In the heyday of Windows 95, there had been a running joke of its security features (or lack thereof). Multi-user account management was nothing more than creating profiles for storing desktop settings and documents. The request to enter a username and password at the Enter Network Password dialog box on startup was often mistakenly seen by less savvy users as a form of security, not realising it’s just credentials for accessing network shares in a workgroup.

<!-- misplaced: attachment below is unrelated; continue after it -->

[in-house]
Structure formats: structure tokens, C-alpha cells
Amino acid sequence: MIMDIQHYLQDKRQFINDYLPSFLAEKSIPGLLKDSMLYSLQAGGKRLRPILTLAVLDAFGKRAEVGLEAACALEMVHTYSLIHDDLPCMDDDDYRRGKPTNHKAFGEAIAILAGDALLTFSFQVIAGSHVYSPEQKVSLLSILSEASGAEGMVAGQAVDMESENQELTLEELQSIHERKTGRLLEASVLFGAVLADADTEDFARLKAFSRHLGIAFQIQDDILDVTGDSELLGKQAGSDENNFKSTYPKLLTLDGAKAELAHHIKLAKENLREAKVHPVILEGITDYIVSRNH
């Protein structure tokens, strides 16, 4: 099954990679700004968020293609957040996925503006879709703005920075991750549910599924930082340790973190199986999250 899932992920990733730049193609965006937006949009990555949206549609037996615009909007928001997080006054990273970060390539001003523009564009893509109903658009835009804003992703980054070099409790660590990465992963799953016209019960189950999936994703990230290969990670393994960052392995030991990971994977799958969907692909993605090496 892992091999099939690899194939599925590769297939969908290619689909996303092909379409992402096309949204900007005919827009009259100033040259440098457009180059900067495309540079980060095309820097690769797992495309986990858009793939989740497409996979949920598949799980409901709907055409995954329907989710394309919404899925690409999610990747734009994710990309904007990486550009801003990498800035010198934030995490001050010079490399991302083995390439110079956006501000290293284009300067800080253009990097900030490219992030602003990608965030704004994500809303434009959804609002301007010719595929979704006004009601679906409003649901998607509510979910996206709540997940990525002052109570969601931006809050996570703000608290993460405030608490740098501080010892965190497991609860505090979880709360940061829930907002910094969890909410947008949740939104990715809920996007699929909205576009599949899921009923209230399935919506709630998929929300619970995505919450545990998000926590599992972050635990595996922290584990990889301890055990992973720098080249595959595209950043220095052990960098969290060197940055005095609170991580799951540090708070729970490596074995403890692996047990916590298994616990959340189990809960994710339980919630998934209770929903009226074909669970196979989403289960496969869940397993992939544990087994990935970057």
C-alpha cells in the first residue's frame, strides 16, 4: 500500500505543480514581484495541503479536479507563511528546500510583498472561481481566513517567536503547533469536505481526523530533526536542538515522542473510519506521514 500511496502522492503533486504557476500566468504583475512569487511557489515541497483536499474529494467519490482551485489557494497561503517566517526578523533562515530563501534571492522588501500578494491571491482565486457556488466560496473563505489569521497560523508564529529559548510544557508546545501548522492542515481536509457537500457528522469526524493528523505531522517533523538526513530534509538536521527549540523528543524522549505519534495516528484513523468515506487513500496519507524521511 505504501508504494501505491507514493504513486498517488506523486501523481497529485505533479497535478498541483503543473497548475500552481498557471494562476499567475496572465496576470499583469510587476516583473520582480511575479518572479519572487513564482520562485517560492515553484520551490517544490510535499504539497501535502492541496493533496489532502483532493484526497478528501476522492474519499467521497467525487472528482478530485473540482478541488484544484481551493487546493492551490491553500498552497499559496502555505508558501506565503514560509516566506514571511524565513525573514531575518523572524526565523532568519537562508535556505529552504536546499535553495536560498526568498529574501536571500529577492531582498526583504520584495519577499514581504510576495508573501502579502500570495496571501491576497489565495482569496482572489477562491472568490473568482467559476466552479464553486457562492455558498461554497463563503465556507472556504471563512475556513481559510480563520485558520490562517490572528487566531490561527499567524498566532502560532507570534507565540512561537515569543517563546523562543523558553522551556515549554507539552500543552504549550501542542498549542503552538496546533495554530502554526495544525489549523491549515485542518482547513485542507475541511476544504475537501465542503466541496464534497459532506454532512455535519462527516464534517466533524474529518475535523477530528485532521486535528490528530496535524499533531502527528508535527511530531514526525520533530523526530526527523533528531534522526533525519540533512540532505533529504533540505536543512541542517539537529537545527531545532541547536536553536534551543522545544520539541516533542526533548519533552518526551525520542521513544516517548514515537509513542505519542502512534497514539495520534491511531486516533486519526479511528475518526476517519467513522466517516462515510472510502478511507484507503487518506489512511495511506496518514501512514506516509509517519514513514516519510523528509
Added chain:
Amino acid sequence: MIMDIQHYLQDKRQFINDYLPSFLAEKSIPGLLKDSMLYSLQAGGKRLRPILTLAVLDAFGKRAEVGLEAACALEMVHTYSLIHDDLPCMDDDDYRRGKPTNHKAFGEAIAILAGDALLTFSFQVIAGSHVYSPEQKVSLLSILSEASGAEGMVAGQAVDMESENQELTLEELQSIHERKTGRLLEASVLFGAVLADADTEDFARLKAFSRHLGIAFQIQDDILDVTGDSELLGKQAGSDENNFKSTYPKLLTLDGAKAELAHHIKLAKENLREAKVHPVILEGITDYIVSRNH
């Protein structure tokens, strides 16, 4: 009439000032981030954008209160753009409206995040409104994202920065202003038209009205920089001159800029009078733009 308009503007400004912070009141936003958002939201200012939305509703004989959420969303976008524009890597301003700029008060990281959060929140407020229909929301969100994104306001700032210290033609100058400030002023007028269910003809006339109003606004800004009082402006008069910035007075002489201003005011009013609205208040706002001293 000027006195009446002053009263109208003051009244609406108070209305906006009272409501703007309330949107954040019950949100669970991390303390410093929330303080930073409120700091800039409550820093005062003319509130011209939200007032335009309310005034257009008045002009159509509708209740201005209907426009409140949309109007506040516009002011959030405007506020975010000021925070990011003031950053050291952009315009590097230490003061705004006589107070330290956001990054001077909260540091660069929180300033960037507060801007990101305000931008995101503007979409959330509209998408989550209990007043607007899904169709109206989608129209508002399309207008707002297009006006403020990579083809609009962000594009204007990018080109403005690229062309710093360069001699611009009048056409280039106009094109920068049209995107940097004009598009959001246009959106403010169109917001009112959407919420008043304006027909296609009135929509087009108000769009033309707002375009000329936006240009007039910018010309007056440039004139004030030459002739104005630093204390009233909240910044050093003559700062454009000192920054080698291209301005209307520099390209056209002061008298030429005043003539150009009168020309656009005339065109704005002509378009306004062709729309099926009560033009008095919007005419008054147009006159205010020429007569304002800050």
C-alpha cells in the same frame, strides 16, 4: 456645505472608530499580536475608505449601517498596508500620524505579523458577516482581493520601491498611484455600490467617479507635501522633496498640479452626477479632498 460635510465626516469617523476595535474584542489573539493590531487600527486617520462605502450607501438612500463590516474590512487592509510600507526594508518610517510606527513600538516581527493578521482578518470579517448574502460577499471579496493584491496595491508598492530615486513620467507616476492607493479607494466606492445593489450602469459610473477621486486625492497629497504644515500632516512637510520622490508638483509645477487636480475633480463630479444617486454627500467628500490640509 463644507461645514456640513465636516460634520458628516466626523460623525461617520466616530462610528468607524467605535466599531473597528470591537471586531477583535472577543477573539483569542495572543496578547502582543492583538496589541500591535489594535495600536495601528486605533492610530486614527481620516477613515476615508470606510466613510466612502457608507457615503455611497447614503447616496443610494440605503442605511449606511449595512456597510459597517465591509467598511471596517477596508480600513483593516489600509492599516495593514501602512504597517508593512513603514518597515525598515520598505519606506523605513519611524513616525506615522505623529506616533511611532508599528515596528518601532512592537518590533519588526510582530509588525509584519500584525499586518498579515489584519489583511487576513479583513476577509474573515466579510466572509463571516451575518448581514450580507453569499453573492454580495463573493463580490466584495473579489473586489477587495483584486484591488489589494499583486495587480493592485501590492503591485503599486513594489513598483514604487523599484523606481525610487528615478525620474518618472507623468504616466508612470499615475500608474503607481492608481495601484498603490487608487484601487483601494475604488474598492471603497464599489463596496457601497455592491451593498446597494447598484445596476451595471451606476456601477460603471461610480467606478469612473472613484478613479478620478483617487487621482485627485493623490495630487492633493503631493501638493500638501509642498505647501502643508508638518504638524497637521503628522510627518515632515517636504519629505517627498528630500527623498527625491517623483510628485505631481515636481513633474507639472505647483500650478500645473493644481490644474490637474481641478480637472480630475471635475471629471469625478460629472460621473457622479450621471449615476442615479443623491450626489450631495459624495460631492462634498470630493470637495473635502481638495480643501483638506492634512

Originally retailing for $90 US, Norton released Your Eyes Only (YEO) to up the ante in this regard. Whilst it didn’t overcome Windows’ limitations entirely it added an additional layer as a deterrent. Its main purpose was to keep prying eyes away from files you want private. A Windows 95-based PC with 8 MB RAM were the requirements, with 16 MB recommended.